Louisiana Prepares To Flood In Self-Defense
Scott Simon, host:
This is WEEKEND EDITION from NPR News. I'm Scott Simon.
The swollen Mississippi River has taken its toll on Missouri, Tennessee and Mississippi, and now the crest is moving south to Louisiana.
The Army Corps of Engineers is planning to open a massive floodway today to try to spare Baton Rouge and New Orleans from the worst of the flooding. The Morganza Floodway will divert a portion of the river through the Atchafalaya Basin.
At a meeting with the residents in Assumption Parish last night, Colonel Mark Jernigan of the Corps of Engineers said the sheer volume of water flowing down the Mississippi left them with no choice.
Colonel Mark Jernigan (Deputy District Engineers, Corps of Engineers): If we don't operate and we exceed the maximum capacity of the system along the Mississippi River, levies will be overtopped.
SIMON: NPR's Greg Allen is in Baton Rouge and joins us now. Greg, thanks for being with us.
GREG ALLEN: Sure, Scott.
SIMON: To those of us who haven't been through this, this seems like a pretty drastic move to open a floodway that could displace 25,000 people. But there's no alternative?
ALLEN: No. That's the way it is, Scott. I mean Corps officials say that it all comes down to how much water the Mississippi River as it's currently engineered can handle before flood control measures fail.
The Corps has been closely monitoring the amount of water flowing down the Mississippi these last few weeks, and they say once the reaches 1.5 million cubic feet per second, engineers have to begin diverting water through the Morganza Floodway.
What that would do, is start dumping water into the Atchafalaya River flooding the bayous and wetlands that are so much a part of this area. And if they don't take the water out of the Mississippi, the water level keeps rising there, and they run the risks and levies could fail in Baton Rouge, New Orleans, and other communities on the river.
That would potentially affect hundreds of thousands of residents. It would also disrupt shipping and other business in New Orleans, and that could cost millions of dollars a day to the region's economy.
SIMON: So help us understand what's going to happen when those floodways are opened later today. Flooding starts immediately?
ALLEN: Well, the floodway will open and water will start flowing in, but they say at first - the Corps says at first that will add just about 10 percent of water to the current volume. They expect that amount will increase over coming days, of course. They'll have to divert more water through the Atchafalaya Basin as the week goes along.
Also after three days or so, water will begin to back up in the basin, and it's that back flooding that most residents are concerned about. To help prevent that back flooding, the local levy board has sunk four barges at a key point in one of the bayous and hope that will minimize flooding in many of these communities.
SIMON: Now, earlier in May the Army Corps of Engineers encountered a lot of opposition and even some lawsuits when they planned to try and open a similar floodway in Missouri. Any opposition in Louisiana?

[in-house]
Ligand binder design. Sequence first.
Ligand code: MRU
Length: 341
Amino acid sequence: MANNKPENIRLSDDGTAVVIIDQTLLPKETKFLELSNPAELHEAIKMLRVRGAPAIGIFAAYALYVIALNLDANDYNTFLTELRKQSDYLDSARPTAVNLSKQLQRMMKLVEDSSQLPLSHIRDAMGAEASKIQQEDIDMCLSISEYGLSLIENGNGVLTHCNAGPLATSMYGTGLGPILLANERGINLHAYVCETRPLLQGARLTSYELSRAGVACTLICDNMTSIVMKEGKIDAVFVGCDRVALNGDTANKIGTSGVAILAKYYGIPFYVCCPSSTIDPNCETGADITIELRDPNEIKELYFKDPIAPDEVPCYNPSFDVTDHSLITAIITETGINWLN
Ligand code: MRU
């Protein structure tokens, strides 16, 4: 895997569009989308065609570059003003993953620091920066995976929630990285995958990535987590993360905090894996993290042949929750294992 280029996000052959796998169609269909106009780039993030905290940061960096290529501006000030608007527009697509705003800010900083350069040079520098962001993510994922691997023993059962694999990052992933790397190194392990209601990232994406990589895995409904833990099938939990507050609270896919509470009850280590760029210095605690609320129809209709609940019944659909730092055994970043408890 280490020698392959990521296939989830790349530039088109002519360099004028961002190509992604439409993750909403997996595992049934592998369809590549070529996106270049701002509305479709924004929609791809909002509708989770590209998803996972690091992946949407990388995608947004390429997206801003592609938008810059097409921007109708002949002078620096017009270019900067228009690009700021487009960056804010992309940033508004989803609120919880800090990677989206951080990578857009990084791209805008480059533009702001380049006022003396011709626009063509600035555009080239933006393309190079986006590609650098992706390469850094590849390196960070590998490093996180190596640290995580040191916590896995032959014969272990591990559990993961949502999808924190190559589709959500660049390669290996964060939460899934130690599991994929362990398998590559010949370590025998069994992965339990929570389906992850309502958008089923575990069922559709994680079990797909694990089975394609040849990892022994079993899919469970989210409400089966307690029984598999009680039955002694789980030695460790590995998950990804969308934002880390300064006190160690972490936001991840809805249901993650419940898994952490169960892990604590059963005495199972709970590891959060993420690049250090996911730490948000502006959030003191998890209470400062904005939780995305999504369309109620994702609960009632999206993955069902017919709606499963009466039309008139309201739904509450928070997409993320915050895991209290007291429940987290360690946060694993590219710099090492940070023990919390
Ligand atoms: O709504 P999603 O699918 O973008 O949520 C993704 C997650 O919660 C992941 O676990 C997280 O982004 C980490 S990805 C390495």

ALLEN: No, not really. The people I have talked to here are pretty much resigned to the fact that the floodway is going to open. In some ways they're almost impatient to get the Morganza open.
Part of this I think has to do with the fact that the floodway has been opened before in recent - well, not in recent memory - but in memory, in 1973. There are also legal issues in Missouri over flooding, you know, that had to do with flooding easements and those aren't an issue here.
But I think also a lot of it has to do with attitudes. People here in Louisiana are used to living close to the river. Many make their living from the River, and they know the Mississippi has a mind of its own.
Yesterday I talked to a lady named Sheryl Vaughan in Pierre Part. She was out filling sandbags with their son, working to build a four foot tall levy around her house. I asked her why people aren't angry about the decision to open the floodway, and this is what she had to say.
Ms. SHERYL VAUGHAN: We were all raised on the water. My dad made his living fishing. My son has fished. My son-in-law makes money fishing, so it's kind of like, you know, something you just have to do. I don't want to live in the city. I want to live here, but I just don't wanna have to fight the water.
SIMON: Greg, are people starting to evacuate?
ALLEN: Well, I have not seen that, Scott. I think several Parishes I know have issued voluntary evacuation recommendations. You know, wind conditions warrant when the water starts to rise. But that will be a few days yet before waters start to rise here. So people are working to protect their homes in the meantime.
But of course it's early days. The Corps said the floodwaters are not expected to crest here for another week at least, and after that it could be two to three weeks before flood waters recede.
SIMON: NPR's Greg Allen in Baton Rouge. Thanks very much.
ALLEN: My pleasure.
NPR transcripts are created on a rush deadline by Verb8tm, Inc., an NPR contractor, and produced using a proprietary transcription process developed with NPR. This text may not be in its final form and may be updated or revised in the future. Accuracy and availability may vary. The authoritative record of NPR’s programming is the audio record.